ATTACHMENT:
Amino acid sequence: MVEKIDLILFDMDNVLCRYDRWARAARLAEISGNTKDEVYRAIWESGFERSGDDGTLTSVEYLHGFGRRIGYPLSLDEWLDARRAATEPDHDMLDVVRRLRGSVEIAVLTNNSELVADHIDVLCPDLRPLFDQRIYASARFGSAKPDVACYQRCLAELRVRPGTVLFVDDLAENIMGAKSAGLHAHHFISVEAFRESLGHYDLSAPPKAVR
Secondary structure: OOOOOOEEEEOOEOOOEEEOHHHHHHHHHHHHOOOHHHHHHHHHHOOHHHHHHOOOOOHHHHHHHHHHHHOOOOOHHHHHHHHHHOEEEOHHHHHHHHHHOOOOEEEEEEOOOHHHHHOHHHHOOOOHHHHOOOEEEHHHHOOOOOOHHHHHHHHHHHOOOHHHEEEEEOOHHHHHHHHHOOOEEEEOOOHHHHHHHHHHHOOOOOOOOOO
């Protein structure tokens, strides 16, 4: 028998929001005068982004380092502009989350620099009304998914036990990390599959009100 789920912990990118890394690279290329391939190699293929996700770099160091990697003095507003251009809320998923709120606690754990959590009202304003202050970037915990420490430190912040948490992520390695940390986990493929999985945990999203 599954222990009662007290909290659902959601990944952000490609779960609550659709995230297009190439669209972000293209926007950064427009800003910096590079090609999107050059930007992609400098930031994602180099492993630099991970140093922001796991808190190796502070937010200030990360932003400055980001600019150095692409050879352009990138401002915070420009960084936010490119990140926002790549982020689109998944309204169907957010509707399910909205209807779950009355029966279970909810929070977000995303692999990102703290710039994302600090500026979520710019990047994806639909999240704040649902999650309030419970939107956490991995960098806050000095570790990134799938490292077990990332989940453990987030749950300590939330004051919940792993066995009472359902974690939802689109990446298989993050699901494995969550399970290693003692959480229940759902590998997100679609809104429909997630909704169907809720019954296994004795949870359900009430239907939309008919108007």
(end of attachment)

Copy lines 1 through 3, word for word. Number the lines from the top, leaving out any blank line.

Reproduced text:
Amino acid sequence: MVEKIDLILFDMDNVLCRYDRWARAARLAEISGNTKDEVYRAIWESGFERSGDDGTLTSVEYLHGFGRRIGYPLSLDEWLDARRAATEPDHDMLDVVRRLRGSVEIAVLTNNSELVADHIDVLCPDLRPLFDQRIYASARFGSAKPDVACYQRCLAELRVRPGTVLFVDDLAENIMGAKSAGLHAHHFISVEAFRESLGHYDLSAPPKAVR
Secondary structure: OOOOOOEEEEOOEOOOEEEOHHHHHHHHHHHHOOOHHHHHHHHHHOOHHHHHHOOOOOHHHHHHHHHHHHOOOOOHHHHHHHHHHOEEEOHHHHHHHHHHOOOOEEEEEEOOOHHHHHOHHHHOOOOHHHHOOOEEEHHHHOOOOOOHHHHHHHHHHHOOOHHHEEEEEOOHHHHHHHHHOOOEEEEOOOHHHHHHHHHHHOOOOOOOOOO
């Protein structure tokens, strides 16, 4: 028998929001005068982004380092502009989350620099009304998914036990990390599959009100 789920912990990118890394690279290329391939190699293929996700770099160091990697003095507003251009809320998923709120606690754990959590009202304003202050970037915990420490430190912040948490992520390695940390986990493929999985945990999203 599954222990009662007290909290659902959601990944952000490609779960609550659709995230297009190439669209972000293209926007950064427009800003910096590079090609999107050059930007992609400098930031994602180099492993630099991970140093922001796991808190190796502070937010200030990360932003400055980001600019150095692409050879352009990138401002915070420009960084936010490119990140926002790549982020689109998944309204169907957010509707399910909205209807779950009355029966279970909810929070977000995303692999990102703290710039994302600090500026979520710019990047994806639909999240704040649902999650309030419970939107956490991995960098806050000095570790990134799938490292077990990332989940453990987030749950300590939330004051919940792993066995009472359902974690939802689109990446298989993050699901494995969550399970290693003692959480229940759902590998997100679609809104429909997630909704169907809720019954296994004795949870359900009430239907939309008919108007």